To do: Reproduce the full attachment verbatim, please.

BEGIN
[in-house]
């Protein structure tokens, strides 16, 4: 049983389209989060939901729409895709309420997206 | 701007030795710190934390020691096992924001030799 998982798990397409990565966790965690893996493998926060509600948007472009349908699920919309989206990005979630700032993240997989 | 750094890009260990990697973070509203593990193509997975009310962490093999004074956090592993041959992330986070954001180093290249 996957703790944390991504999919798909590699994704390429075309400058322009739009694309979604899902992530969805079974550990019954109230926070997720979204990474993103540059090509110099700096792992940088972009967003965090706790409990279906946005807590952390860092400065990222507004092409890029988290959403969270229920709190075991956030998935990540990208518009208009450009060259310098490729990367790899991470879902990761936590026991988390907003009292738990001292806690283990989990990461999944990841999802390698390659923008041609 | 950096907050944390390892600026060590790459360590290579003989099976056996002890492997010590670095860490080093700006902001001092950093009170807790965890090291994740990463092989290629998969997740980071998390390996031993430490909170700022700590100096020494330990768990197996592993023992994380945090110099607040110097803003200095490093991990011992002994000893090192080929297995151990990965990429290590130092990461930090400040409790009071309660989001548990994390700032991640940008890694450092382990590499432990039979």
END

[in-house]
């Protein structure tokens, strides 16, 4: 049983389209989060939901729409895709309420997206 | 701007030795710190934390020691096992924001030799 998982798990397409990565966790965690893996493998926060509600948007472009349908699920919309989206990005979630700032993240997989 | 750094890009260990990697973070509203593990193509997975009310962490093999004074956090592993041959992330986070954001180093290249 996957703790944390991504999919798909590699994704390429075309400058322009739009694309979604899902992530969805079974550990019954109230926070997720979204990474993103540059090509110099700096792992940088972009967003965090706790409990279906946005807590952390860092400065990222507004092409890029988290959403969270229920709190075991956030998935990540990208518009208009450009060259310098490729990367790899991470879902990761936590026991988390907003009292738990001292806690283990989990990461999944990841999802390698390659923008041609 | 950096907050944390390892600026060590790459360590290579003989099976056996002890492997010590670095860490080093700006902001001092950093009170807790965890090291994740990463092989290629998969997740980071998390390996031993430490909170700022700590100096020494330990768990197996592993023992994380945090110099607040110097803003200095490093991990011992002994000893090192080929297995151990990965990429290590130092990461930090400040409790009071309660989001548990994390700032991640940008890694450092382990590499432990039979």